Video games aimed at getting kids to move their rumps don’t actually work, a new study from Baylor College of Medicine finds.
The study tapped 78 healthy nine- to twelve-year-old children of above-average weight, gave them “active” video games (think Dance Dance Revolution and Wii Sports rather than Mario Kart) and had them wear pedometers and record a log of their physical activity for a twelve-week period.
“The researchers expected a big spike in activity,” NPR’s Nancy Shute wrote. “But much to their surprise they found no increase in running, jumping and swinging during the 12-week experiment, compared to the children who got typical only-my-thumbs-are-moving video games.”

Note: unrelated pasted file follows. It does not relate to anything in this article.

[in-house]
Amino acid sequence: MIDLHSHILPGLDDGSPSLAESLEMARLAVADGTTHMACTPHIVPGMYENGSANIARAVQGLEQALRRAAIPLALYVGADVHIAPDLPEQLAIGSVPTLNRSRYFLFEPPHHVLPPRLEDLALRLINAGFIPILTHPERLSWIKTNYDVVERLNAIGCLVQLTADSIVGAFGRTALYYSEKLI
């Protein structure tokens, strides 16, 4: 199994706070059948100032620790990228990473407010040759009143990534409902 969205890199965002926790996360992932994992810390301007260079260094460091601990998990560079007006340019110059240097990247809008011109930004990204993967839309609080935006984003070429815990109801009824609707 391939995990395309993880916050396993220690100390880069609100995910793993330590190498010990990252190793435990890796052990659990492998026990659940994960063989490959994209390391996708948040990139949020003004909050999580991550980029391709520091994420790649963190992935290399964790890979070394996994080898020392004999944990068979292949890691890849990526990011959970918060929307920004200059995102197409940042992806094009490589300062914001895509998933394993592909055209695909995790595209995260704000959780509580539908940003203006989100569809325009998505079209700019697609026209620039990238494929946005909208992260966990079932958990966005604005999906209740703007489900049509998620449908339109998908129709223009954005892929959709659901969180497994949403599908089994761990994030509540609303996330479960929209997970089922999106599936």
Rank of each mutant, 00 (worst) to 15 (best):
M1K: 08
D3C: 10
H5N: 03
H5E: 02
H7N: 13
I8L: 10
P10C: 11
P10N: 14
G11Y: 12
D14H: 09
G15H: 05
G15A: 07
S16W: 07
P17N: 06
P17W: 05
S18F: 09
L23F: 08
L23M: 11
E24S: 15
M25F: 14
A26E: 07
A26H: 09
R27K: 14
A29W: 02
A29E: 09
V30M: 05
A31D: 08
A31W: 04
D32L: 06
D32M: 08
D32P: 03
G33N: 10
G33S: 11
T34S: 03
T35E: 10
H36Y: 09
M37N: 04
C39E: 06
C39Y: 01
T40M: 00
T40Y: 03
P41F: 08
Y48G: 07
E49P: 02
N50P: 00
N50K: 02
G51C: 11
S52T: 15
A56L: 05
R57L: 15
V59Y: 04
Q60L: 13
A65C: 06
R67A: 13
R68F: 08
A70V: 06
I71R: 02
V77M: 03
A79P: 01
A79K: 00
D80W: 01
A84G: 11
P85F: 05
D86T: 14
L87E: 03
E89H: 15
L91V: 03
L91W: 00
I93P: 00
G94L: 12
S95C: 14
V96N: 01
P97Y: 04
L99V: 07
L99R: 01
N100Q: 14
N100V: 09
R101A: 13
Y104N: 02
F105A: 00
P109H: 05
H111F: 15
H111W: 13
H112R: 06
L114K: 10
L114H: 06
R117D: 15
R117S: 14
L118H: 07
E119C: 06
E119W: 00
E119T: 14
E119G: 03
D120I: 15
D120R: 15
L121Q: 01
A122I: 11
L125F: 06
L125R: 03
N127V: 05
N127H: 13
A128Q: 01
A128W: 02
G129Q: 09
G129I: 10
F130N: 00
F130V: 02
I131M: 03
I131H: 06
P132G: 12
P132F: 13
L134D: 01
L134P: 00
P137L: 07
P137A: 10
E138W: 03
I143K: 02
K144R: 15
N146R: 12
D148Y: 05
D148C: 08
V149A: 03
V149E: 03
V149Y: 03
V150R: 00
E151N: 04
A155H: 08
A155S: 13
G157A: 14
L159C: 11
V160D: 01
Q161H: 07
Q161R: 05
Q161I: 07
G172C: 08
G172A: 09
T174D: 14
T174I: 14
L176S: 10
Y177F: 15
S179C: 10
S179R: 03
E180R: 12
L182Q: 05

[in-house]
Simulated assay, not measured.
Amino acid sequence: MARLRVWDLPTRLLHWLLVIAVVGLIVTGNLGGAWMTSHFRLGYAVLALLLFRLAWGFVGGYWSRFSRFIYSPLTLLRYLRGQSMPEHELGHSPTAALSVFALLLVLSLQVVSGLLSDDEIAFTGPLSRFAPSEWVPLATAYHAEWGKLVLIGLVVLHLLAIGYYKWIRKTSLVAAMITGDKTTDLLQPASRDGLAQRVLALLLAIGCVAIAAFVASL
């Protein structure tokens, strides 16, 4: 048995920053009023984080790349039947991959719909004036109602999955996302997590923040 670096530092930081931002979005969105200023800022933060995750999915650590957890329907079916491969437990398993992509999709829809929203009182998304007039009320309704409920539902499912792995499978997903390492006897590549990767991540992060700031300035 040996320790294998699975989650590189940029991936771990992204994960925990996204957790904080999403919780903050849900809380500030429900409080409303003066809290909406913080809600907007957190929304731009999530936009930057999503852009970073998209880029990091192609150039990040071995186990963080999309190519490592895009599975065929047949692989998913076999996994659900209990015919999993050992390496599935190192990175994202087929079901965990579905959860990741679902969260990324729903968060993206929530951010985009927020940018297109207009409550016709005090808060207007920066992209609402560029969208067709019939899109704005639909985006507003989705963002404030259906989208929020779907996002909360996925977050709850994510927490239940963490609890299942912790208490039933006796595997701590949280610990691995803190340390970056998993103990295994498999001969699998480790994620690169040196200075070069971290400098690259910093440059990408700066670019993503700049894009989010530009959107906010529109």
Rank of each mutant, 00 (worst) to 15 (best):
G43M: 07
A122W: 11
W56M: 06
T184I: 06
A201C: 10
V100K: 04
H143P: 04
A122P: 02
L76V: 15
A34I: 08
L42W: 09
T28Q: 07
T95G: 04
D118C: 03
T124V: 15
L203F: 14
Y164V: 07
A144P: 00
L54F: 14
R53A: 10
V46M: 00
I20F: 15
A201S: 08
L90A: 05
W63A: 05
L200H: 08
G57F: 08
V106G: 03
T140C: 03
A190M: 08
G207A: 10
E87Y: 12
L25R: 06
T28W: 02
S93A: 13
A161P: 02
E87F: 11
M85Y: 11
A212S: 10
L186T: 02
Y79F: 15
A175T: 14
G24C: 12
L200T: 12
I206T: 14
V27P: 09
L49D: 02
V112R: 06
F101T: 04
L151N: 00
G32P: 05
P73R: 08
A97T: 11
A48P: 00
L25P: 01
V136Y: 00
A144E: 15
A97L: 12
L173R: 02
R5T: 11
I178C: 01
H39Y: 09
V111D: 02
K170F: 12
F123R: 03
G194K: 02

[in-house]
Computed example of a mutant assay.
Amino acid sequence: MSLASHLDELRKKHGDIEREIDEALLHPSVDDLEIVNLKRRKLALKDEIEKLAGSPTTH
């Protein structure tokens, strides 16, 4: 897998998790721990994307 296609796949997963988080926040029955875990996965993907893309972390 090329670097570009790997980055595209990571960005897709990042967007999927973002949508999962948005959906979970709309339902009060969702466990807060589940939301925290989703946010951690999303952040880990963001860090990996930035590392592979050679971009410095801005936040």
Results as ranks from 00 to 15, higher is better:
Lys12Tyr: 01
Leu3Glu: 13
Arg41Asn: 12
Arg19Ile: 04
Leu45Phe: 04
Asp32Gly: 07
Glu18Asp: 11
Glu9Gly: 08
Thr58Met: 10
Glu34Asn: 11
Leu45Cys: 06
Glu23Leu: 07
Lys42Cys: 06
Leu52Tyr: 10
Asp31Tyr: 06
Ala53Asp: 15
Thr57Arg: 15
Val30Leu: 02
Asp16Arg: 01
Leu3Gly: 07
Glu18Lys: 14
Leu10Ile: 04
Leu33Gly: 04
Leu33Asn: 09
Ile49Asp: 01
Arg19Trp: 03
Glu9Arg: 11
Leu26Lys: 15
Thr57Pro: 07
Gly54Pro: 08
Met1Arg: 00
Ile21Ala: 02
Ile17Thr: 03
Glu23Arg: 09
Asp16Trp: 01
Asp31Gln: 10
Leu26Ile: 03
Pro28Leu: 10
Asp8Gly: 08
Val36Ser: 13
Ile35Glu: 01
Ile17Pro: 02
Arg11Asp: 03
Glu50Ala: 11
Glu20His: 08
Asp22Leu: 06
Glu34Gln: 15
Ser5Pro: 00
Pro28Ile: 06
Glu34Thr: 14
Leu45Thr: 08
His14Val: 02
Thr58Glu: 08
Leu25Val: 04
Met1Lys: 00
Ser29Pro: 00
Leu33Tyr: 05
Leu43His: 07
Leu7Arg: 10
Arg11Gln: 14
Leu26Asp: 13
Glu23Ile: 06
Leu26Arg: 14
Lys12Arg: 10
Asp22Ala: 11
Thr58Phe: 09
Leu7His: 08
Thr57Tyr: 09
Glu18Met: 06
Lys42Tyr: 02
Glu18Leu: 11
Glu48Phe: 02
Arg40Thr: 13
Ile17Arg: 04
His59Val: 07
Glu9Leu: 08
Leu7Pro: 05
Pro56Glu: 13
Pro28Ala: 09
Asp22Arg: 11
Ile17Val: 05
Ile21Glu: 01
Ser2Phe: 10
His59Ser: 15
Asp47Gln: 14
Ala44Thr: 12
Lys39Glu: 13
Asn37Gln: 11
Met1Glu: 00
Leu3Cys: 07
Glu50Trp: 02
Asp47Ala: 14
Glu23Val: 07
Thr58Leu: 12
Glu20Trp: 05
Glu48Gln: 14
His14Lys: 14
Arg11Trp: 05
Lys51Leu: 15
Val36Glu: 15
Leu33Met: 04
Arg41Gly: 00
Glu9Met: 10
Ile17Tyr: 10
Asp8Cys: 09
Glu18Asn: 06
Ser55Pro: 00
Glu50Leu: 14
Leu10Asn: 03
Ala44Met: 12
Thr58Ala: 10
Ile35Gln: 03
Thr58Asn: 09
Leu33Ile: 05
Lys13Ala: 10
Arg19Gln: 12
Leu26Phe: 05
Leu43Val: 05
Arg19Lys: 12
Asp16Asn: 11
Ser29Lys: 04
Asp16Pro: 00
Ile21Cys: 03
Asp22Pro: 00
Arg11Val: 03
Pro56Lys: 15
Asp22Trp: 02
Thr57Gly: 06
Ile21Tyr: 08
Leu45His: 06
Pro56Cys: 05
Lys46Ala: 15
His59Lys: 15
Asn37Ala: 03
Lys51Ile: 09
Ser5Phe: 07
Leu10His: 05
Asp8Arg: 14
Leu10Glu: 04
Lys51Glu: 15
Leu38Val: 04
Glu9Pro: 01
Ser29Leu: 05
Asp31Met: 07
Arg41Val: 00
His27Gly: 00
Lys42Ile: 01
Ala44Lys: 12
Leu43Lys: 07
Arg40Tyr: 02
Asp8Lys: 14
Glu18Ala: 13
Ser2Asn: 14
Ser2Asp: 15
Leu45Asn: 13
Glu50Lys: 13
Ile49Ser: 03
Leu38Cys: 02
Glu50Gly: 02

The news comes as a disappointment for public health officials, who have hoped that playing such video games will lead to more active lifestyles.
“We expected that playing the video games would in fact lead to a substantial increase in physical activity in the children,” Tom Baranowski, the Baylor College of Medicine pediatrics professor who led the study, told Reuters Health. “Frankly we were shocked by the complete lack of difference.”